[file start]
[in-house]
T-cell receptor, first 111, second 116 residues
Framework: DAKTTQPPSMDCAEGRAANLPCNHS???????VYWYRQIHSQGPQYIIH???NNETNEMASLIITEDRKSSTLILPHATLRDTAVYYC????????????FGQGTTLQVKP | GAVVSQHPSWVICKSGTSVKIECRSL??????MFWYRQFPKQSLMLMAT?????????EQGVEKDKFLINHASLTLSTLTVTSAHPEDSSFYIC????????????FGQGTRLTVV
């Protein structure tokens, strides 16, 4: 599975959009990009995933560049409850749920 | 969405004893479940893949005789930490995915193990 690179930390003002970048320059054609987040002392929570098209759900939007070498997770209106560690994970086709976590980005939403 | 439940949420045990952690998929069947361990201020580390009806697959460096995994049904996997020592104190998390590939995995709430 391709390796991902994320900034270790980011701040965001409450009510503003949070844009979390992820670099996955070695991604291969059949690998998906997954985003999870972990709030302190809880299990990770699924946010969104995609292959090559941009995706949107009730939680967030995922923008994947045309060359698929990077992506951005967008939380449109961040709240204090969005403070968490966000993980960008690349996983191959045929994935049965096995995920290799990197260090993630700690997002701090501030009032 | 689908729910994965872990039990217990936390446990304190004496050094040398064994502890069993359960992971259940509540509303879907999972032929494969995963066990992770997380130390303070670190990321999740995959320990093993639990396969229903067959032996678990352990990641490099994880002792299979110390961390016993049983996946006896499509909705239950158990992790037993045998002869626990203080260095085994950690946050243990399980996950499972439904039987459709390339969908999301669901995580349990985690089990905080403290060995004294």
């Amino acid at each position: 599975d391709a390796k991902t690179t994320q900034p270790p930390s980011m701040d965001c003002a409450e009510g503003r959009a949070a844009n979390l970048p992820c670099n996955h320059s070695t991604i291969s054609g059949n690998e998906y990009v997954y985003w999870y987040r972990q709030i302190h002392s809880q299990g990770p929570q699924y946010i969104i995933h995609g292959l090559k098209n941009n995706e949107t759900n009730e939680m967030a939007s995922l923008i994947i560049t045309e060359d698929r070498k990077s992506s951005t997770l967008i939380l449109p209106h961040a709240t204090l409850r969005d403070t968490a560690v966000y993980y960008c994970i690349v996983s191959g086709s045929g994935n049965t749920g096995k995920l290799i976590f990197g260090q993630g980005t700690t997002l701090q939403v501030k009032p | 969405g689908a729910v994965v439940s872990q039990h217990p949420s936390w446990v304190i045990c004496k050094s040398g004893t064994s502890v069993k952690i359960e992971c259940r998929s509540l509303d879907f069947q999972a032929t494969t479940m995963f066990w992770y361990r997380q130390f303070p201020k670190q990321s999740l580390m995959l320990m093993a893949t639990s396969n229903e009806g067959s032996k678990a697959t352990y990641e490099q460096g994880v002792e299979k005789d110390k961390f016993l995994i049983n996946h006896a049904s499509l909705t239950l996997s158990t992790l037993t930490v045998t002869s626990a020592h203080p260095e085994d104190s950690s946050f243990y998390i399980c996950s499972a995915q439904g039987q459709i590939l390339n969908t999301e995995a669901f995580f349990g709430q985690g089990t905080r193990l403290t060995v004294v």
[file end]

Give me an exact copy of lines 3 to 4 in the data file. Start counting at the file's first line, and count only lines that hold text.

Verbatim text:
Framework: DAKTTQPPSMDCAEGRAANLPCNHS???????VYWYRQIHSQGPQYIIH???NNETNEMASLIITEDRKSSTLILPHATLRDTAVYYC????????????FGQGTTLQVKP | GAVVSQHPSWVICKSGTSVKIECRSL??????MFWYRQFPKQSLMLMAT?????????EQGVEKDKFLINHASLTLSTLTVTSAHPEDSSFYIC????????????FGQGTRLTVV
């Protein structure tokens, strides 16, 4: 599975959009990009995933560049409850749920 | 969405004893479940893949005789930490995915193990 690179930390003002970048320059054609987040002392929570098209759900939007070498997770209106560690994970086709976590980005939403 | 439940949420045990952690998929069947361990201020580390009806697959460096995994049904996997020592104190998390590939995995709430 391709390796991902994320900034270790980011701040965001409450009510503003949070844009979390992820670099996955070695991604291969059949690998998906997954985003999870972990709030302190809880299990990770699924946010969104995609292959090559941009995706949107009730939680967030995922923008994947045309060359698929990077992506951005967008939380449109961040709240204090969005403070968490966000993980960008690349996983191959045929994935049965096995995920290799990197260090993630700690997002701090501030009032 | 689908729910994965872990039990217990936390446990304190004496050094040398064994502890069993359960992971259940509540509303879907999972032929494969995963066990992770997380130390303070670190990321999740995959320990093993639990396969229903067959032996678990352990990641490099994880002792299979110390961390016993049983996946006896499509909705239950158990992790037993045998002869626990203080260095085994950690946050243990399980996950499972439904039987459709390339969908999301669901995580349990985690089990905080403290060995004294």